Flux Rifle: The fallen queen of all the rifles, once absurdly overpowered when using the rainbow elemental build. When the Damage 2.0 struck, the weapon got an extreme indirect nerf and fell from the God-Tier long way down to the Tier 3. The problem with Flux right now is that it retained the weaknesses it always had (limited range, low crit stats, high ammo inefficiency), but lost most of its once so immense damage potential. It however keeps its perfect accuracy and can still be used against infested to some degree.
Boar: The Tenno auto-fire shotgun is much weaker than its Prime variant, but still can be very useful for crowd control, if damage is not the main priority in the primary weapon slot, thanks to its rather high spread. The common 20% status chance among shotguns present on the weapon can and should be further boosted to support this strategy, locking the rooms and allowing powerful secondaries like the Marelok to do their job more effectively. However, the DPS of the Boar should not be underestimated as well, as it is among the greatest from most of the assault rifles, at least when shooting from point blank distance. The ultimate reason why the weapon falls short off Tier 4 is the damage falloff and the fact that most damage it deals is sported in the Impact physical damage type.
Acrid: Once the absolute queen of all weapons in the game, massacring everything with its insanely high DoT a good base damage, the Acrid got butchered when Damage 2.0 went live, receiving an immense indirect nerf thanks to no longer being able to perform a full-rainbow build. It still can do somewhat good, but with low status chance and no crit, just the little-over-average base damage won’t be enough to justify its new weaknesses.
Spectra: The pocket version of the Flux Rifle is quite similar to it, except for the different damage type (Spectra deals Puncture, while Flux deals Slash). Also, the smaller gun has lower DPS and slightly lower status chance, not being really suited for lategame thanks to its rather low damage output. It can be still used as a status weapon to an extent, though.
Ballistica: This gorgeous crossbow sidearm is only powerful by its looks. With subpar damage per shot (both normal bursts and charged arrows, considering the latter need to be charged in the first place), mediocre critical hit stats (actually very bad for a weapon which is supposed to a be a bow) and low status chance, the Ballistica will underperform heavily in high levels, although its mainly Puncture damage might help to stay usable a little bit longer.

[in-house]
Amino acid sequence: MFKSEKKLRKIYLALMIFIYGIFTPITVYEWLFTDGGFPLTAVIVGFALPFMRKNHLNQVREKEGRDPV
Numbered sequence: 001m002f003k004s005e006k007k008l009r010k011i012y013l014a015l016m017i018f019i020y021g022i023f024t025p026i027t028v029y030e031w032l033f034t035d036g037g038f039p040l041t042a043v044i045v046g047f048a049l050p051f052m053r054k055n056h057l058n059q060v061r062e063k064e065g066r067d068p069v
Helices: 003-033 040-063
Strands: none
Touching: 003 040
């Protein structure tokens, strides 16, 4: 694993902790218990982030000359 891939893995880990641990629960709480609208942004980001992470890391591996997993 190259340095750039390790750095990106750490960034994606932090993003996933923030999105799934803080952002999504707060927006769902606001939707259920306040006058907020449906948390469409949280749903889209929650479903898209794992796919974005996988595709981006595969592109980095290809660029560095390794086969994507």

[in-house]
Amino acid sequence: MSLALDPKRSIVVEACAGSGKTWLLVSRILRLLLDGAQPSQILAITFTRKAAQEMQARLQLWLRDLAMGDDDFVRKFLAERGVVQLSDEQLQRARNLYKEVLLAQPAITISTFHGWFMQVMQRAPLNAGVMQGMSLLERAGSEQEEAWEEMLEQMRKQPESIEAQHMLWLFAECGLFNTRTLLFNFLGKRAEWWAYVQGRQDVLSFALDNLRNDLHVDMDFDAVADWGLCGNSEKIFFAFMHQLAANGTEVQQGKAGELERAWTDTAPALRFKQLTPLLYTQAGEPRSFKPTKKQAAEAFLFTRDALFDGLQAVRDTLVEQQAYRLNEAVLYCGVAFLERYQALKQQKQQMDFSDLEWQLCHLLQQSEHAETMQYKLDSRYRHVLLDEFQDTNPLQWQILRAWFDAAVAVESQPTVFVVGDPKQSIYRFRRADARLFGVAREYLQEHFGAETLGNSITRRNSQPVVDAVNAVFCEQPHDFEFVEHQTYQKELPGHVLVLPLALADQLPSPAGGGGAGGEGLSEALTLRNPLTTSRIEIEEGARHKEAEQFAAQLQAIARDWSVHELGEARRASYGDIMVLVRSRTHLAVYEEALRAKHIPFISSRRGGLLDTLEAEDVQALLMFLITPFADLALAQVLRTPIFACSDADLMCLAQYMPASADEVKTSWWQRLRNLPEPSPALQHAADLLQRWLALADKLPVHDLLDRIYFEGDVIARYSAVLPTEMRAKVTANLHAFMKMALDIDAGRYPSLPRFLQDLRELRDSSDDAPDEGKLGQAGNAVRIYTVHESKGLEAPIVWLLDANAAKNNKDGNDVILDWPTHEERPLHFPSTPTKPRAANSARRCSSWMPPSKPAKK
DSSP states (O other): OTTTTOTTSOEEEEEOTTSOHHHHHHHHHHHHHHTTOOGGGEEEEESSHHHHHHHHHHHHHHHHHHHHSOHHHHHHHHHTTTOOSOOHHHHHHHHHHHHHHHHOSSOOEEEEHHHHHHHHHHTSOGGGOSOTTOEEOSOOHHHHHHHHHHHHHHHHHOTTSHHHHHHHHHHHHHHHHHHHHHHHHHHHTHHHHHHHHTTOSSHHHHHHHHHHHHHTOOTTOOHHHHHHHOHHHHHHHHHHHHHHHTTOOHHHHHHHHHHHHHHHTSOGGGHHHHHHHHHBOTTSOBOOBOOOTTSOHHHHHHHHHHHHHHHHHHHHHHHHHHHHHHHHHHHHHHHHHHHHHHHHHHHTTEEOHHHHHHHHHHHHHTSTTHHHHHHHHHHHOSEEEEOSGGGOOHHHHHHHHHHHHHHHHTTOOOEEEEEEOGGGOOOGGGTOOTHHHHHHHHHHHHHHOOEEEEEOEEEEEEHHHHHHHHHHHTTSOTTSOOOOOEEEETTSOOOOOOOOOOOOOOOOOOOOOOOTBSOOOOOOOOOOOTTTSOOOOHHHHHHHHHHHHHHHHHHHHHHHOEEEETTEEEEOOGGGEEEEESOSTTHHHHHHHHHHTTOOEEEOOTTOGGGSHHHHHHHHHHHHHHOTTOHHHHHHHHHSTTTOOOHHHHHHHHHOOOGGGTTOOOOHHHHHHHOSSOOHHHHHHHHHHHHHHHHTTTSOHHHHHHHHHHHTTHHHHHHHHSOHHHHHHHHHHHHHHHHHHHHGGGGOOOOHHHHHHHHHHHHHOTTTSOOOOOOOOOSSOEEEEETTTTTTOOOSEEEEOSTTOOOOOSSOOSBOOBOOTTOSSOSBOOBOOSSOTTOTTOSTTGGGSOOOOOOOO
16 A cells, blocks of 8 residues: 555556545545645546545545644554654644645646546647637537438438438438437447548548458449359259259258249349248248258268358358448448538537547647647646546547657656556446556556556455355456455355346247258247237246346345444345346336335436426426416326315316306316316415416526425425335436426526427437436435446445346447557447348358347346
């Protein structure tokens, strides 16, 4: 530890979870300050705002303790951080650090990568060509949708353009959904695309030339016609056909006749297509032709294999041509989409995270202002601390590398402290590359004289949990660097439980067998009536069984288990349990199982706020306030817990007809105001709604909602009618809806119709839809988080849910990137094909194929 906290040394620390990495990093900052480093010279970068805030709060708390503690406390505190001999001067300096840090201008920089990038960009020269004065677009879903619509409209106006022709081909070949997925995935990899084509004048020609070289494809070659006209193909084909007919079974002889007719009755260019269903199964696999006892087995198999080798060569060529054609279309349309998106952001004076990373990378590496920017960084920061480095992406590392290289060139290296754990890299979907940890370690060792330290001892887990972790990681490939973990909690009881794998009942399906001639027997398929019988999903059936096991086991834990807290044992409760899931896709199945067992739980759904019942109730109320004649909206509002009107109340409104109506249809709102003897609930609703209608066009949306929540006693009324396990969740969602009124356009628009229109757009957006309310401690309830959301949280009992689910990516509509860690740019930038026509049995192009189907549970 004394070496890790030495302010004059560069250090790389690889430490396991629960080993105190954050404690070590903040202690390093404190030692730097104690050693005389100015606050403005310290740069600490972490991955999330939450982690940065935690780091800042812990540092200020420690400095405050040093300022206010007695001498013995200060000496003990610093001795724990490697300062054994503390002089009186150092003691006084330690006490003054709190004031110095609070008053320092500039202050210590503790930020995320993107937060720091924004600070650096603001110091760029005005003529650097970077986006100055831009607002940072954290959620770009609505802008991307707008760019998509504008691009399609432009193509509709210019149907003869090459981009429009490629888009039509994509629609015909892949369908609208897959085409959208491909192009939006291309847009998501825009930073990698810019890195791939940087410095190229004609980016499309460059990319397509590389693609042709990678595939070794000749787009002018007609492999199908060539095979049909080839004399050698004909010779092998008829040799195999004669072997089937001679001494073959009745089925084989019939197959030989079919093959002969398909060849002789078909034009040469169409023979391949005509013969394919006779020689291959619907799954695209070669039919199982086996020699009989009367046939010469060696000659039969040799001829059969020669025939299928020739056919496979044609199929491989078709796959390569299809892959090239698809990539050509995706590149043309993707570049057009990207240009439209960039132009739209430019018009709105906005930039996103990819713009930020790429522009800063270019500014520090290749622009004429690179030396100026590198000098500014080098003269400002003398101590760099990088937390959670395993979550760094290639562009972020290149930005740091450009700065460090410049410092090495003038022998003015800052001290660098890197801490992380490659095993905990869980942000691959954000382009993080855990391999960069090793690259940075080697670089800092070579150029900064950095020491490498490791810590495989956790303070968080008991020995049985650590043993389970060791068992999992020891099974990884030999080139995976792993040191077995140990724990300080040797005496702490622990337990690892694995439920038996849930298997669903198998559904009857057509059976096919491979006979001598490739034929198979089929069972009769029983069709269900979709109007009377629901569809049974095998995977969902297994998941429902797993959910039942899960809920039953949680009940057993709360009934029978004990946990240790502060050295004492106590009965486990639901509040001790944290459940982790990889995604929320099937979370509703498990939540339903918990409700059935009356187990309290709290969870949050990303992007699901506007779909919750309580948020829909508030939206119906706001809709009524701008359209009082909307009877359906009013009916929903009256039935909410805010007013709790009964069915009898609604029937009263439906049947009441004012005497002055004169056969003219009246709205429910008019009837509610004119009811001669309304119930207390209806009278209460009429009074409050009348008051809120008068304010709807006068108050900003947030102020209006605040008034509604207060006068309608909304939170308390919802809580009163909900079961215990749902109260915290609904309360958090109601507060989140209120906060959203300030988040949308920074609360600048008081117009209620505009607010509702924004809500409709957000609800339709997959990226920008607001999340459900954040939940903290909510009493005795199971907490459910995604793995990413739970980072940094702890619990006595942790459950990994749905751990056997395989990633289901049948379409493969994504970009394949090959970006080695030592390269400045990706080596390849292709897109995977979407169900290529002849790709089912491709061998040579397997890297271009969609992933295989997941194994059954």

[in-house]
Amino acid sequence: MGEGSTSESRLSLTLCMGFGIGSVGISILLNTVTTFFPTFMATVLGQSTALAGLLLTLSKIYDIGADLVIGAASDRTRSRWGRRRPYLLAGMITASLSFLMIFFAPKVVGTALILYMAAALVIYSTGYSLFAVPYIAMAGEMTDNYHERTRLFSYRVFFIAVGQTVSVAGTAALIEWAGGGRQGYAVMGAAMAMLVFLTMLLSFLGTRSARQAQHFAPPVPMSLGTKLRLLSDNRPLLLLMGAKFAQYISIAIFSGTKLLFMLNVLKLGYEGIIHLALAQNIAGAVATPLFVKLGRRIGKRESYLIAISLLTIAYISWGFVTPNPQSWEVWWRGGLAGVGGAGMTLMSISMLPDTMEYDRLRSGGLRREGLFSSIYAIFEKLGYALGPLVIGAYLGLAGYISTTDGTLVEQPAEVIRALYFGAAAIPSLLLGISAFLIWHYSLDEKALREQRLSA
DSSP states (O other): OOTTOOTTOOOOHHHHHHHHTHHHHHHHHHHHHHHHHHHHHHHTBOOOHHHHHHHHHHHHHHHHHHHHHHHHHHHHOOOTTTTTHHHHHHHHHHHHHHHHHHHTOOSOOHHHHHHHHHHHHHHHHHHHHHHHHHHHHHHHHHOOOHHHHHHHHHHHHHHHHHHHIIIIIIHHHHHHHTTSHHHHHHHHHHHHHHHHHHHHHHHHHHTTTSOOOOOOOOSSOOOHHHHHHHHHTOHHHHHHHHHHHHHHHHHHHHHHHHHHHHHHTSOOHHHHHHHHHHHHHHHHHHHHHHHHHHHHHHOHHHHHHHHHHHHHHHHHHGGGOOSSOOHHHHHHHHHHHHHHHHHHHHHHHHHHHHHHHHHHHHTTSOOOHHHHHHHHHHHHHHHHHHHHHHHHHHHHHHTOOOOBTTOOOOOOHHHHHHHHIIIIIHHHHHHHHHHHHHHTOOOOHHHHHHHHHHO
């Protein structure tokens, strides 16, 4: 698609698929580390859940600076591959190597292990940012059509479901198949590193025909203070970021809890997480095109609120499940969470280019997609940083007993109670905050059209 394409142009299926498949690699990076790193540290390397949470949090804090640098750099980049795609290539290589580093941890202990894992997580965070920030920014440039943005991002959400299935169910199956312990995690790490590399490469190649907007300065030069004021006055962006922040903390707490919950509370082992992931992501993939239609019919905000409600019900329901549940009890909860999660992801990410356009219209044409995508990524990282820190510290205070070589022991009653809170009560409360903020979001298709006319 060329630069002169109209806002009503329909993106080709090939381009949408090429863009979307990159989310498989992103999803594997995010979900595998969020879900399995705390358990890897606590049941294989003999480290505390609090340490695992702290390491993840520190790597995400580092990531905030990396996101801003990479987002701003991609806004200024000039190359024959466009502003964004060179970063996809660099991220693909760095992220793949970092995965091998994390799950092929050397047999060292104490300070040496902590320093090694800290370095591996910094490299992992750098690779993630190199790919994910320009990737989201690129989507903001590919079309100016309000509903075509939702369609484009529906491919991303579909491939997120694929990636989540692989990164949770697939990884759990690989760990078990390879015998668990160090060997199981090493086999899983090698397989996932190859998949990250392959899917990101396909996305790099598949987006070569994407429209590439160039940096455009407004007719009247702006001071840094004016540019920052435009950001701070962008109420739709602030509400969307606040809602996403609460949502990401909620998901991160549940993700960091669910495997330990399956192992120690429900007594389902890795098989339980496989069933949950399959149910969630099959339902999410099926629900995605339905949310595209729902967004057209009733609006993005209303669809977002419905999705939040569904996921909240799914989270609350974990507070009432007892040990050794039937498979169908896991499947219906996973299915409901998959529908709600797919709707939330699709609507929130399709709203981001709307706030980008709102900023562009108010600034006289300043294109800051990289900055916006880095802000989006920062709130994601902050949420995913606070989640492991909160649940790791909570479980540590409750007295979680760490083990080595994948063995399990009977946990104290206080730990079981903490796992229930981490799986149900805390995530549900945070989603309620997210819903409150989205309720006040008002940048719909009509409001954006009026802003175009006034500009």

Lex: As a powerful pistol capable of taking enemies down from long distances, the Lex can substitute a sniper rifle, although it will be less effective in doing its job. With very high damage per shot for a secondary weapon and relatively good critical hit stats (damage is great, but chance is somewhat mediocre), it still can’t compete with top-tier sniping weapons along the lines of Vectis or Lanka. Its lack of status doesn’t really help either.
Aklex: A much underrated weapon, commonly considered useless, but in fact, it can be made quite viable. With great critical hit stats for a secondary weapon, high damage per shot and only a small accuracy drop in comparison to its solo variant, the Aklex can still effectively work as a pocket sniper rifle and will usually do its job rather well, except when facing groups of very powerful foes.
MK1-Kunai: Ironically, the starter throwing knives are actually equal to their more common counterpart, since they possess almost entirely identical stats apart from critical hit chance and damage, in which the MK1 version triumphs. The other difference is the base damage, in which the standard version wins by mere 5 points.
Magnus: Another sniping pistol, the Magnus is very similar to the Lex in terms of both use and damage output. While the damage of this weapon is slightly lower than the Lex’s, it has much greater fire rate and better crit stats, making both heavy pistols just about equal. In the end, it is the higher status chance which swings the weights in the Magnus’s favour.
View Sicarus Prime List▾▾
Sicarus Prime: Sacrificing its crit stats to up its damage, status chance, accuracy, magazine size and fire rate, the Sicarus Prime is a viable upgrade to the classical burst-fire pistol. With half of its damage shifted from Impact into Puncture and Slash (in comparison to its new-age-cousin) the weapon will perform a little better late into the game when armour starts to matter very much.